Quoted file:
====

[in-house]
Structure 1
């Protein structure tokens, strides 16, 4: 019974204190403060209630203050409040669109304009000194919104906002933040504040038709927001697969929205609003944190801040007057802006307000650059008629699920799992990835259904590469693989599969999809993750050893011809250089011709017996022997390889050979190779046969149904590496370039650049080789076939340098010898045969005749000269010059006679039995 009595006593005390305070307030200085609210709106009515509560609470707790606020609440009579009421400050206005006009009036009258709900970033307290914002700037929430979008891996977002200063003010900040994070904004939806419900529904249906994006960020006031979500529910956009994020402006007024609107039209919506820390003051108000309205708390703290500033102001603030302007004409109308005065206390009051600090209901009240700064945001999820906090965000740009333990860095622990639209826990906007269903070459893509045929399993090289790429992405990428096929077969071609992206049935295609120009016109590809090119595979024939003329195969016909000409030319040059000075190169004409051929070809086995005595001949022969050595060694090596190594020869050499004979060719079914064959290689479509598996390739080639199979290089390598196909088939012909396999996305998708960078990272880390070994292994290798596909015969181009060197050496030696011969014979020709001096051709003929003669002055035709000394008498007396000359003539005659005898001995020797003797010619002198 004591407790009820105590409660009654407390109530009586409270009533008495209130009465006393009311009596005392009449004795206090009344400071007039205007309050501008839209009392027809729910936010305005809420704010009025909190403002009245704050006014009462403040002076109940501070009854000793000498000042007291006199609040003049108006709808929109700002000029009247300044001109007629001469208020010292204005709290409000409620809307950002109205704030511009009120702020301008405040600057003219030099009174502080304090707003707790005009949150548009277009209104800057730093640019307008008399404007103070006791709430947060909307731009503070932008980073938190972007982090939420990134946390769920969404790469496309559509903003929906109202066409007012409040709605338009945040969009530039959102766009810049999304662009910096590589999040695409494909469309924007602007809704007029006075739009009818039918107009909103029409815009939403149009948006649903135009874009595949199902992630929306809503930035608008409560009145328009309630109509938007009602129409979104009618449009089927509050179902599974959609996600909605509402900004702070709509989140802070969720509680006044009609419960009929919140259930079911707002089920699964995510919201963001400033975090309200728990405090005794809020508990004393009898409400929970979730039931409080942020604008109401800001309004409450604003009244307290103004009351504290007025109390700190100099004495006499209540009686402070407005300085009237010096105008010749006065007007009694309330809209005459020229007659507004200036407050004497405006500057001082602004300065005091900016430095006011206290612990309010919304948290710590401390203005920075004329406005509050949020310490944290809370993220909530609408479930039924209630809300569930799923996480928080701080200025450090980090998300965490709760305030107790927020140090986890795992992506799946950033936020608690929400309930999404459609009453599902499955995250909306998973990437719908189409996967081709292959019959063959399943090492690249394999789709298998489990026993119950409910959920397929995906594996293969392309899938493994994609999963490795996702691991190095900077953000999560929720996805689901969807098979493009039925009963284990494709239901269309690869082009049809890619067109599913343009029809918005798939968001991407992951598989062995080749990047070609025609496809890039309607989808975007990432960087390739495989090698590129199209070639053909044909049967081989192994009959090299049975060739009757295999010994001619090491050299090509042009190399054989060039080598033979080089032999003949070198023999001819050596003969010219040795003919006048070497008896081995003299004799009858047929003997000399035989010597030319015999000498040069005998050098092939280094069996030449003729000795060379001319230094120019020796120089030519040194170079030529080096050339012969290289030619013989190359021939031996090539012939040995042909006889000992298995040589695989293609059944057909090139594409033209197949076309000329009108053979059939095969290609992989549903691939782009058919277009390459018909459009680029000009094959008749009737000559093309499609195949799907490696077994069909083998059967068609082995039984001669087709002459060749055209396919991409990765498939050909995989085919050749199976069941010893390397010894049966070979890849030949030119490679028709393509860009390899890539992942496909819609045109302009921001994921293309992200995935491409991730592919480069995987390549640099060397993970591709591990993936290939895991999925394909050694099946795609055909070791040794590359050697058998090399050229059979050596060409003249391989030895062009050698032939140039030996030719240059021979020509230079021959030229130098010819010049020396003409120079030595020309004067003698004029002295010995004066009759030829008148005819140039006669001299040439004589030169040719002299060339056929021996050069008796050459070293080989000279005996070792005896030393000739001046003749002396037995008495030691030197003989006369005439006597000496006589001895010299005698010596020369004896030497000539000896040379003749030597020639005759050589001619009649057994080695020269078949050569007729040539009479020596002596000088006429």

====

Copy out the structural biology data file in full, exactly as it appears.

[in-house]
Structure 1
């Protein structure tokens, strides 16, 4: 019974204190403060209630203050409040669109304009000194919104906002933040504040038709927001697969929205609003944190801040007057802006307000650059008629699920799992990835259904590469693989599969999809993750050893011809250089011709017996022997390889050979190779046969149904590496370039650049080789076939340098010898045969005749000269010059006679039995 009595006593005390305070307030200085609210709106009515509560609470707790606020609440009579009421400050206005006009009036009258709900970033307290914002700037929430979008891996977002200063003010900040994070904004939806419900529904249906994006960020006031979500529910956009994020402006007024609107039209919506820390003051108000309205708390703290500033102001603030302007004409109308005065206390009051600090209901009240700064945001999820906090965000740009333990860095622990639209826990906007269903070459893509045929399993090289790429992405990428096929077969071609992206049935295609120009016109590809090119595979024939003329195969016909000409030319040059000075190169004409051929070809086995005595001949022969050595060694090596190594020869050499004979060719079914064959290689479509598996390739080639199979290089390598196909088939012909396999996305998708960078990272880390070994292994290798596909015969181009060197050496030696011969014979020709001096051709003929003669002055035709000394008498007396000359003539005659005898001995020797003797010619002198 004591407790009820105590409660009654407390109530009586409270009533008495209130009465006393009311009596005392009449004795206090009344400071007039205007309050501008839209009392027809729910936010305005809420704010009025909190403002009245704050006014009462403040002076109940501070009854000793000498000042007291006199609040003049108006709808929109700002000029009247300044001109007629001469208020010292204005709290409000409620809307950002109205704030511009009120702020301008405040600057003219030099009174502080304090707003707790005009949150548009277009209104800057730093640019307008008399404007103070006791709430947060909307731009503070932008980073938190972007982090939420990134946390769920969404790469496309559509903003929906109202066409007012409040709605338009945040969009530039959102766009810049999304662009910096590589999040695409494909469309924007602007809704007029006075739009009818039918107009909103029409815009939403149009948006649903135009874009595949199902992630929306809503930035608008409560009145328009309630109509938007009602129409979104009618449009089927509050179902599974959609996600909605509402900004702070709509989140802070969720509680006044009609419960009929919140259930079911707002089920699964995510919201963001400033975090309200728990405090005794809020508990004393009898409400929970979730039931409080942020604008109401800001309004409450604003009244307290103004009351504290007025109390700190100099004495006499209540009686402070407005300085009237010096105008010749006065007007009694309330809209005459020229007659507004200036407050004497405006500057001082602004300065005091900016430095006011206290612990309010919304948290710590401390203005920075004329406005509050949020310490944290809370993220909530609408479930039924209630809300569930799923996480928080701080200025450090980090998300965490709760305030107790927020140090986890795992992506799946950033936020608690929400309930999404459609009453599902499955995250909306998973990437719908189409996967081709292959019959063959399943090492690249394999789709298998489990026993119950409910959920397929995906594996293969392309899938493994994609999963490795996702691991190095900077953000999560929720996805689901969807098979493009039925009963284990494709239901269309690869082009049809890619067109599913343009029809918005798939968001991407992951598989062995080749990047070609025609496809890039309607989808975007990432960087390739495989090698590129199209070639053909044909049967081989192994009959090299049975060739009757295999010994001619090491050299090509042009190399054989060039080598033979080089032999003949070198023999001819050596003969010219040795003919006048070497008896081995003299004799009858047929003997000399035989010597030319015999000498040069005998050098092939280094069996030449003729000795060379001319230094120019020796120089030519040194170079030529080096050339012969290289030619013989190359021939031996090539012939040995042909006889000992298995040589695989293609059944057909090139594409033209197949076309000329009108053979059939095969290609992989549903691939782009058919277009390459018909459009680029000009094959008749009737000559093309499609195949799907490696077994069909083998059967068609082995039984001669087709002459060749055209396919991409990765498939050909995989085919050749199976069941010893390397010894049966070979890849030949030119490679028709393509860009390899890539992942496909819609045109302009921001994921293309992200995935491409991730592919480069995987390549640099060397993970591709591990993936290939895991999925394909050694099946795609055909070791040794590359050697058998090399050229059979050596060409003249391989030895062009050698032939140039030996030719240059021979020509230079021959030229130098010819010049020396003409120079030595020309004067003698004029002295010995004066009759030829008148005819140039006669001299040439004589030169040719002299060339056929021996050069008796050459070293080989000279005996070792005896030393000739001046003749002396037995008495030691030197003989006369005439006597000496006589001895010299005698010596020369004896030497000539000896040379003749030597020639005759050589001619009649057994080695020269078949050569007729040539009479020596002596000088006429």